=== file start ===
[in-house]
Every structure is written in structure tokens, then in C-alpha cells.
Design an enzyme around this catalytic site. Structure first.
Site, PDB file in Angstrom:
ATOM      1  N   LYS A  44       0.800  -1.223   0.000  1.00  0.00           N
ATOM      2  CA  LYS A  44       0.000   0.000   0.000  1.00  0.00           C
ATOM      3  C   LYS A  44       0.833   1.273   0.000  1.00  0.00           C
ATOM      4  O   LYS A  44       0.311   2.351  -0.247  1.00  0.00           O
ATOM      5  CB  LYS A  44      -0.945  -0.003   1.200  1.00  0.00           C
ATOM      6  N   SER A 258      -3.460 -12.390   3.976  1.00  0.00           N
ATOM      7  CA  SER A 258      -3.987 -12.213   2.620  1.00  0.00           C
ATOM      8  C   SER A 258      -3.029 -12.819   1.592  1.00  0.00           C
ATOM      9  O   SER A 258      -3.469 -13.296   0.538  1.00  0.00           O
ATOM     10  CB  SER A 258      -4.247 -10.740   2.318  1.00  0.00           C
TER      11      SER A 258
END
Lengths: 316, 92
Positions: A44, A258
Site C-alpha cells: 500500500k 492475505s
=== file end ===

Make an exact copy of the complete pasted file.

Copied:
[in-house]
Every structure is written in structure tokens, then in C-alpha cells.
Design an enzyme around this catalytic site. Structure first.
Site, PDB file in Angstrom:
ATOM      1  N   LYS A  44       0.800  -1.223   0.000  1.00  0.00           N
ATOM      2  CA  LYS A  44       0.000   0.000   0.000  1.00  0.00           C
ATOM      3  C   LYS A  44       0.833   1.273   0.000  1.00  0.00           C
ATOM      4  O   LYS A  44       0.311   2.351  -0.247  1.00  0.00           O
ATOM      5  CB  LYS A  44      -0.945  -0.003   1.200  1.00  0.00           C
ATOM      6  N   SER A 258      -3.460 -12.390   3.976  1.00  0.00           N
ATOM      7  CA  SER A 258      -3.987 -12.213   2.620  1.00  0.00           C
ATOM      8  C   SER A 258      -3.029 -12.819   1.592  1.00  0.00           C
ATOM      9  O   SER A 258      -3.469 -13.296   0.538  1.00  0.00           O
ATOM     10  CB  SER A 258      -4.247 -10.740   2.318  1.00  0.00           C
TER      11      SER A 258
END
Lengths: 316, 92
Positions: A44, A258
Site C-alpha cells: 500500500k 492475505s